First world problems

It is not often that I think I should slap myself, grow up and get a grip, but today I think that is the only approach.

So far today I have huffed, sighed and groaned over the following:

  • The testimonial I was asked to write for a website has not been used
  • My manager had what looked like a very interesting conversation with a colleague that I felt I should have been involved in but was not
  • I didn’t know there was a dressage and/or show jumping competition in 12 days and now don’t have long to prepare
  • While riding a canter which I was so proud to have managed to slow down from our usual headlong rush, a spectator likened it to race-horse and jockey

I’m currently still furious about the last of this list. Basically he took all my satisfaction away. When I explained to him that actually I was working on slowing him down and felt we were making real progress, and that was really good for us, he dismissed it and told me now I had to show him a real slow canter. I wish I’d have shown him two fingers, to be honest, but I think he thought what he was doing was giving amusing teasing encouragement rather than taking the satisfaction I had with my ride and stamping on it. Instead of doing anything more I called it a day and went to cool down mode. (To be honest we’d already been riding longer than I usually would, so it wasn’t like I cut the ride short because of him.)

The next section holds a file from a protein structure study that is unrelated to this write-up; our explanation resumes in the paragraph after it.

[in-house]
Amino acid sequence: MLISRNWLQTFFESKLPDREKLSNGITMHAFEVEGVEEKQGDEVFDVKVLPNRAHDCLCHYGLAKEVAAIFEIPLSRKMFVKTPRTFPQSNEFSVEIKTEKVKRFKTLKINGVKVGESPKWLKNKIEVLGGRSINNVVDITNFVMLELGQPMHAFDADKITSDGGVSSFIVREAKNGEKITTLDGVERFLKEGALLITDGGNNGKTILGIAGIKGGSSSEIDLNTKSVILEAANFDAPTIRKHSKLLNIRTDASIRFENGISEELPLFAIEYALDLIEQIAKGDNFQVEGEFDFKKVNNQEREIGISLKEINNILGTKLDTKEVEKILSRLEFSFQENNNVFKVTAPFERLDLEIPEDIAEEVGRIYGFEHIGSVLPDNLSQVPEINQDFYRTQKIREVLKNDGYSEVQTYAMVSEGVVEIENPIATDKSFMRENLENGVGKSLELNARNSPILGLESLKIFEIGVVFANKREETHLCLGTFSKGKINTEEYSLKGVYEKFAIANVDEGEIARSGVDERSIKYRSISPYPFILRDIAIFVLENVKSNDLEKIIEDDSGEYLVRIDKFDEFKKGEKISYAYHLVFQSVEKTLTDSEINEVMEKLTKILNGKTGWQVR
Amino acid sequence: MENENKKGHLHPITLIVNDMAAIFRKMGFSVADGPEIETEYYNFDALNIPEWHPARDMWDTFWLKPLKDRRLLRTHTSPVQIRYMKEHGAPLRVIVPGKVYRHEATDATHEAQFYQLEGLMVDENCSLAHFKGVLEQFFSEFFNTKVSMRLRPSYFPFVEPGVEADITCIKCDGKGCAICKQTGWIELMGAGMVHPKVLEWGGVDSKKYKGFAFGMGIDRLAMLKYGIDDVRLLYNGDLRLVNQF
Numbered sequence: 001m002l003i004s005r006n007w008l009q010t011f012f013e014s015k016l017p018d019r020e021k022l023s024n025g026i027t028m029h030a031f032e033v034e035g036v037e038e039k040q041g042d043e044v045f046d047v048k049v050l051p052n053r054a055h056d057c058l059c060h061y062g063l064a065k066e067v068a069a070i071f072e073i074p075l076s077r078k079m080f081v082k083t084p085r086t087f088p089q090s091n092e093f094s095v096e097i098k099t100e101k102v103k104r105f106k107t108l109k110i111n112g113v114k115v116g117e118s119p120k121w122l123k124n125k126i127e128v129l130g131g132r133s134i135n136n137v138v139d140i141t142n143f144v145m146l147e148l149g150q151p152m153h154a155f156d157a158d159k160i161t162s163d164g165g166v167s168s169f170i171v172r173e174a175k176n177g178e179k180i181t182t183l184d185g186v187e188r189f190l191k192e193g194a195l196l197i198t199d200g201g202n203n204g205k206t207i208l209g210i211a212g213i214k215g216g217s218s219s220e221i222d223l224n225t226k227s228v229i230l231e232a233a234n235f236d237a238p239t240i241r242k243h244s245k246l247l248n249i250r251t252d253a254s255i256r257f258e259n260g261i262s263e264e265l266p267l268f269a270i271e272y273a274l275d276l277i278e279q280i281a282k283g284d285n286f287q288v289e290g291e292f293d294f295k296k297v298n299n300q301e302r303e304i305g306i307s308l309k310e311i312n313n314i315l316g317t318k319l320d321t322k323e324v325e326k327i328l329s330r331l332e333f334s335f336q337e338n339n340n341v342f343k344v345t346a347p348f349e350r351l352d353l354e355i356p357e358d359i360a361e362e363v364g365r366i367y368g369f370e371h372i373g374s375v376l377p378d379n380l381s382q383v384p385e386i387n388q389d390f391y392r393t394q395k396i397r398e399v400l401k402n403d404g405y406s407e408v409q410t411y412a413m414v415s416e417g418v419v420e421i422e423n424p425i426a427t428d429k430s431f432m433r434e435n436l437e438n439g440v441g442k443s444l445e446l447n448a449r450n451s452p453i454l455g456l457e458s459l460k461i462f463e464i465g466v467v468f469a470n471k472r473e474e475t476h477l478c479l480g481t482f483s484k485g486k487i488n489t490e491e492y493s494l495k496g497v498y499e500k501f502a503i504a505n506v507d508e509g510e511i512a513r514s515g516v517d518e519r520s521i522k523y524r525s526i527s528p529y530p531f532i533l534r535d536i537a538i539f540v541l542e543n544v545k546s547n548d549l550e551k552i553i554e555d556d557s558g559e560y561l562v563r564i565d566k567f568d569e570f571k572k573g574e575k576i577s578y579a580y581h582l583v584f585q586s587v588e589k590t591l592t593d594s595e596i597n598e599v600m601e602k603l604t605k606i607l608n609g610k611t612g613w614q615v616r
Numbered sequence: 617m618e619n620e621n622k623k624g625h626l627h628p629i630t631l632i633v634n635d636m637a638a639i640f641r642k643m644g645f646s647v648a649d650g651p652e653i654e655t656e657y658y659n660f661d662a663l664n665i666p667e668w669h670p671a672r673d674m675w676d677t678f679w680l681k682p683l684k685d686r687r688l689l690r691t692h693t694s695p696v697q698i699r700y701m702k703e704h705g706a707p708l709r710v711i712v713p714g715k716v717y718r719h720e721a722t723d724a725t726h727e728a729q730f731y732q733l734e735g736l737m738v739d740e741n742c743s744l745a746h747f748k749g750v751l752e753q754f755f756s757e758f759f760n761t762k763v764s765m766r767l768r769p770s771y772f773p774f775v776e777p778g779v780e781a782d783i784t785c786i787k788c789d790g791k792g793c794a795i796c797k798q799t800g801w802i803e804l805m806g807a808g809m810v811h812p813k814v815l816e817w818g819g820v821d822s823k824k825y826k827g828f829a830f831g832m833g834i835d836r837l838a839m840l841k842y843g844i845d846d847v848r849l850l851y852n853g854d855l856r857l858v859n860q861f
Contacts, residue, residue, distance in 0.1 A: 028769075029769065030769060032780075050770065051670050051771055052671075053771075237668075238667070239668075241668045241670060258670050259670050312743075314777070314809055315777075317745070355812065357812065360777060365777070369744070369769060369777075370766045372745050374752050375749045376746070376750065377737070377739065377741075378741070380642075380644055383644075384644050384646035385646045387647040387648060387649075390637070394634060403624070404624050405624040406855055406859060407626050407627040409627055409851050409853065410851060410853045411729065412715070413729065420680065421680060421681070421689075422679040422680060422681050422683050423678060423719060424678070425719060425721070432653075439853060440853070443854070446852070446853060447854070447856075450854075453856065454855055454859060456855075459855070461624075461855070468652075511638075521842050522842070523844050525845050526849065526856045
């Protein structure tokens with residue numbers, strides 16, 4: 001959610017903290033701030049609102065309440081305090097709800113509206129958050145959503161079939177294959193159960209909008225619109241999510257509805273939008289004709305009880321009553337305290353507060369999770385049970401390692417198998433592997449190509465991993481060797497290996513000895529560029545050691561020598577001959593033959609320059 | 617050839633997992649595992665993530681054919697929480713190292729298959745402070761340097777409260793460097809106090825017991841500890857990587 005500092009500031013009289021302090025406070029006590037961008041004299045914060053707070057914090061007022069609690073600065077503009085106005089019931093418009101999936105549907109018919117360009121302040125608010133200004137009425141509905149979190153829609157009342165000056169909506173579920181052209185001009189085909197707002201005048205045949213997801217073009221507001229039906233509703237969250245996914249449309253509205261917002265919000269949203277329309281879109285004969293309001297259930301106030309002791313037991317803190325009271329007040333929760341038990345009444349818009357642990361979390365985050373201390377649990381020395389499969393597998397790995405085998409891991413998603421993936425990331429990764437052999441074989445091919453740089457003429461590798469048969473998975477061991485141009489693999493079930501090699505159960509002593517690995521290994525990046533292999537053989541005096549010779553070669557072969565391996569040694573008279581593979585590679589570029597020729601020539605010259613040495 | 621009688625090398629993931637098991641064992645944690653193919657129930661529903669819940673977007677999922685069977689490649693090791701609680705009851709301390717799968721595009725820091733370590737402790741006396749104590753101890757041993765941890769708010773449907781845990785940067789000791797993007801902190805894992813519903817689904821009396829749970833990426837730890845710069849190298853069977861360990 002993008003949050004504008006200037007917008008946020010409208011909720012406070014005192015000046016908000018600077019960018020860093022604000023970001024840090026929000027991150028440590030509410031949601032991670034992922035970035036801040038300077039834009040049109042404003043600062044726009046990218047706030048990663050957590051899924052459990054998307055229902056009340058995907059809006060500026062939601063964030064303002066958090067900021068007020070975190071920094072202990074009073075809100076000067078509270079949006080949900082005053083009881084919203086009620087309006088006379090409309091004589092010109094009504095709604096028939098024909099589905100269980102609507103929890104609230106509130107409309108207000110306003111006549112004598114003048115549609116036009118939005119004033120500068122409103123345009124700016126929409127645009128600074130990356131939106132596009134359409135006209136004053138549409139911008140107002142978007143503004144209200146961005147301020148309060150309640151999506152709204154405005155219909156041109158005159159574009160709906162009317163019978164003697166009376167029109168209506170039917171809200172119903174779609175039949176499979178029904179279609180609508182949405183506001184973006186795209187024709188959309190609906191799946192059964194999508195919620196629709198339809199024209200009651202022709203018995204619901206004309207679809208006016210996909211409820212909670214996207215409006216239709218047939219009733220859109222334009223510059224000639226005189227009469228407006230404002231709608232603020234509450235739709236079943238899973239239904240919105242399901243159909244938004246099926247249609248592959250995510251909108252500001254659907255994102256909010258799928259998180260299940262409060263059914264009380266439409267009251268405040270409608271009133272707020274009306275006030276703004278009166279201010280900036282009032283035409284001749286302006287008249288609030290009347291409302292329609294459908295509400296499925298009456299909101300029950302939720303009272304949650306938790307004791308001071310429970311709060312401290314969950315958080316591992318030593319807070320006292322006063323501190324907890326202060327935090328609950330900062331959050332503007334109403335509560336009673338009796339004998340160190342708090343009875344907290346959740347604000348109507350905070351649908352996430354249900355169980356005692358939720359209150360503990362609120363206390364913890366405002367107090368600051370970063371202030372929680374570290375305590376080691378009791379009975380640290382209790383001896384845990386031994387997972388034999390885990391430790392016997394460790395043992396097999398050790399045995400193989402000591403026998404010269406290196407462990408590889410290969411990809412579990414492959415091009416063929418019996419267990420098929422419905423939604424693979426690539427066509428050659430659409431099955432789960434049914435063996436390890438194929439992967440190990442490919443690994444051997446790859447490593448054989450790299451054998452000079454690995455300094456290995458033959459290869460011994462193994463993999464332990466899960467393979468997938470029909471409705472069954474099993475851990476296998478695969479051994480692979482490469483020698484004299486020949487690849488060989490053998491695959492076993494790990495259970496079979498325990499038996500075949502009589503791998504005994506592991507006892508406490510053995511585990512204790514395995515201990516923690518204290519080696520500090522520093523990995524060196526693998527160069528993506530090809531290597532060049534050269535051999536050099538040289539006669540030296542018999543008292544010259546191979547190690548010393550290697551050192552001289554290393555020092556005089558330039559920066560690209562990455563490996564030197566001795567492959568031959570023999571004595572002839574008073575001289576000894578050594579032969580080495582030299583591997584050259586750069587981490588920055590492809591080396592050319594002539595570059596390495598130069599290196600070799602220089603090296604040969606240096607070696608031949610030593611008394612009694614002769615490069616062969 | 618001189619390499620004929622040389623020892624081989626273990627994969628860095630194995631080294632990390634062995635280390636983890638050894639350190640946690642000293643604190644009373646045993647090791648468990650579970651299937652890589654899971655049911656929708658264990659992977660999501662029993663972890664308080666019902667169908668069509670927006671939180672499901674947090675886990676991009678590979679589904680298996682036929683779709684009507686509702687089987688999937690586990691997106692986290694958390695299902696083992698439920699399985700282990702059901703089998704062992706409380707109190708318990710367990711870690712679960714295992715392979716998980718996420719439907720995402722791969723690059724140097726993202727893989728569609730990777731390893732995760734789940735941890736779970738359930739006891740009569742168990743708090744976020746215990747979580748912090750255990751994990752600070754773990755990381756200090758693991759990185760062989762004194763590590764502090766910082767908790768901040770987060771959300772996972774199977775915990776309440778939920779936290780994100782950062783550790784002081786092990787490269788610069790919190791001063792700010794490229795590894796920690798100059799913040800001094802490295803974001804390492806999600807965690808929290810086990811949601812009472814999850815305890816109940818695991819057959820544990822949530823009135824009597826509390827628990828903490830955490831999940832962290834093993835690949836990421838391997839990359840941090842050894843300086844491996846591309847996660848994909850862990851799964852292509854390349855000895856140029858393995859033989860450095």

But in between my waves of seething anger I do see that it’s all

First world problems!

He is a just a silly man who’s never been on a horse and is actually a nice person, even if he pushed all the wrong buttons with me today.

Only a few months ago I was wondering whether I’d bought a horse I’d never manage to canter, and here I am not only cantering every day but managing to see progress in training him to do it in a way he finds even harder (i.e. on the correct leg, and not rushing at top speed).

Oh yes, and I have a lovely horse, kept at great expense for leisure purposes. How first world can you get? ;)

I’m not sure why but for the past few weeks this sort of thing has been getting a bit out of proportion. I just need to put it back in its place and get over myself.